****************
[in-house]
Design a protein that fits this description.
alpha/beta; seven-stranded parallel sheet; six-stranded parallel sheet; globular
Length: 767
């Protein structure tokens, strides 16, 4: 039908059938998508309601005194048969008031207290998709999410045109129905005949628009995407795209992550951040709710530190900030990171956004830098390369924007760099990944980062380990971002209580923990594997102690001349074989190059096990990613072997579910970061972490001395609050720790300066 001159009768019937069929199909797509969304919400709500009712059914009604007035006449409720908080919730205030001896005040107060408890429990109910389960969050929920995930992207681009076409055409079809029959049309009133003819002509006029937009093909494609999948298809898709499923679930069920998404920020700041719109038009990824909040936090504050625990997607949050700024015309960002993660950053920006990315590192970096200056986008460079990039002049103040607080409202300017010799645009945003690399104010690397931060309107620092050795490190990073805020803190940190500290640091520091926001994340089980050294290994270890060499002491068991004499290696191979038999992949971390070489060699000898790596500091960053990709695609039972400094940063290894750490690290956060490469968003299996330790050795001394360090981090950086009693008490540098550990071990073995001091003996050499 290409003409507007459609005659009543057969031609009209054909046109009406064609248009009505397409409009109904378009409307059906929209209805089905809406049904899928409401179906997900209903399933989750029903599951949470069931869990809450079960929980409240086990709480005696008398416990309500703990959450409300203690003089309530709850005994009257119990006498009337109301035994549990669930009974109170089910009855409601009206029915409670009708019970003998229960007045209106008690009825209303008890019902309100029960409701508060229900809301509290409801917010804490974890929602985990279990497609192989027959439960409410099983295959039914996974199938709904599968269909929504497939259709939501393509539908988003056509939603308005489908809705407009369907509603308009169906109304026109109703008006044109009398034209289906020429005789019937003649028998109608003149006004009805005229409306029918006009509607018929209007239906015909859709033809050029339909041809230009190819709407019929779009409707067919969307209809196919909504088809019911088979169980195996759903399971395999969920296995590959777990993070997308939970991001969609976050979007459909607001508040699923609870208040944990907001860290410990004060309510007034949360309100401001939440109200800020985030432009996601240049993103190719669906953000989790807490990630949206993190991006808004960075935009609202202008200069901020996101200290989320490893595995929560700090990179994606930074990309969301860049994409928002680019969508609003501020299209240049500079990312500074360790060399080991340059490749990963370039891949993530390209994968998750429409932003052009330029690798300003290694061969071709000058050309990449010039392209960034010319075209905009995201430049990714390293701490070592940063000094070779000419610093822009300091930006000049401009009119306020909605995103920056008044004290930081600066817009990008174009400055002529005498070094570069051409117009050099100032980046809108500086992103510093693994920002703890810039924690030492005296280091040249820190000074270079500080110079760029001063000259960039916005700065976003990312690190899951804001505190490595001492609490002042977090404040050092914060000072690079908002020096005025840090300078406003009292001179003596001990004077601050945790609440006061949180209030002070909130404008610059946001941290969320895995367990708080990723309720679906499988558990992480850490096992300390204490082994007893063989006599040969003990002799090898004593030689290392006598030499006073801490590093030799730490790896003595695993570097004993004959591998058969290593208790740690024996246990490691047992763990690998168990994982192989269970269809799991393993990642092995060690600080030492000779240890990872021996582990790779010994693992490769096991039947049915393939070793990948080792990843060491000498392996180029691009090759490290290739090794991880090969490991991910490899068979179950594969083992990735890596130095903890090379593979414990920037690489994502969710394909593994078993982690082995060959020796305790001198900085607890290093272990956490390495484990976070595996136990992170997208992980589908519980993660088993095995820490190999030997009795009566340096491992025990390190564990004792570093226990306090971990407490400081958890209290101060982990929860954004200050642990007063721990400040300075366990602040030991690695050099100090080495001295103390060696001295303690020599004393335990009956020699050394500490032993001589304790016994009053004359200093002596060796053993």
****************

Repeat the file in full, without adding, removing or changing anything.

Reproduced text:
[in-house]
Design a protein that fits this description.
alpha/beta; seven-stranded parallel sheet; six-stranded parallel sheet; globular
Length: 767
């Protein structure tokens, strides 16, 4: 039908059938998508309601005194048969008031207290998709999410045109129905005949628009995407795209992550951040709710530190900030990171956004830098390369924007760099990944980062380990971002209580923990594997102690001349074989190059096990990613072997579910970061972490001395609050720790300066 001159009768019937069929199909797509969304919400709500009712059914009604007035006449409720908080919730205030001896005040107060408890429990109910389960969050929920995930992207681009076409055409079809029959049309009133003819002509006029937009093909494609999948298809898709499923679930069920998404920020700041719109038009990824909040936090504050625990997607949050700024015309960002993660950053920006990315590192970096200056986008460079990039002049103040607080409202300017010799645009945003690399104010690397931060309107620092050795490190990073805020803190940190500290640091520091926001994340089980050294290994270890060499002491068991004499290696191979038999992949971390070489060699000898790596500091960053990709695609039972400094940063290894750490690290956060490469968003299996330790050795001394360090981090950086009693008490540098550990071990073995001091003996050499 290409003409507007459609005659009543057969031609009209054909046109009406064609248009009505397409409009109904378009409307059906929209209805089905809406049904899928409401179906997900209903399933989750029903599951949470069931869990809450079960929980409240086990709480005696008398416990309500703990959450409300203690003089309530709850005994009257119990006498009337109301035994549990669930009974109170089910009855409601009206029915409670009708019970003998229960007045209106008690009825209303008890019902309100029960409701508060229900809301509290409801917010804490974890929602985990279990497609192989027959439960409410099983295959039914996974199938709904599968269909929504497939259709939501393509539908988003056509939603308005489908809705407009369907509603308009169906109304026109109703008006044109009398034209289906020429005789019937003649028998109608003149006004009805005229409306029918006009509607018929209007239906015909859709033809050029339909041809230009190819709407019929779009409707067919969307209809196919909504088809019911088979169980195996759903399971395999969920296995590959777990993070997308939970991001969609976050979007459909607001508040699923609870208040944990907001860290410990004060309510007034949360309100401001939440109200800020985030432009996601240049993103190719669906953000989790807490990630949206993190991006808004960075935009609202202008200069901020996101200290989320490893595995929560700090990179994606930074990309969301860049994409928002680019969508609003501020299209240049500079990312500074360790060399080991340059490749990963370039891949993530390209994968998750429409932003052009330029690798300003290694061969071709000058050309990449010039392209960034010319075209905009995201430049990714390293701490070592940063000094070779000419610093822009300091930006000049401009009119306020909605995103920056008044004290930081600066817009990008174009400055002529005498070094570069051409117009050099100032980046809108500086992103510093693994920002703890810039924690030492005296280091040249820190000074270079500080110079760029001063000259960039916005700065976003990312690190899951804001505190490595001492609490002042977090404040050092914060000072690079908002020096005025840090300078406003009292001179003596001990004077601050945790609440006061949180209030002070909130404008610059946001941290969320895995367990708080990723309720679906499988558990992480850490096992300390204490082994007893063989006599040969003990002799090898004593030689290392006598030499006073801490590093030799730490790896003595695993570097004993004959591998058969290593208790740690024996246990490691047992763990690998168990994982192989269970269809799991393993990642092995060690600080030492000779240890990872021996582990790779010994693992490769096991039947049915393939070793990948080792990843060491000498392996180029691009090759490290290739090794991880090969490991991910490899068979179950594969083992990735890596130095903890090379593979414990920037690489994502969710394909593994078993982690082995060959020796305790001198900085607890290093272990956490390495484990976070595996136990992170997208992980589908519980993660088993095995820490190999030997009795009566340096491992025990390190564990004792570093226990306090971990407490400081958890209290101060982990929860954004200050642990007063721990400040300075366990602040030991690695050099100090080495001295103390060696001295303690020599004393335990009956020699050394500490032993001589304790016994009053004359200093002596060796053993």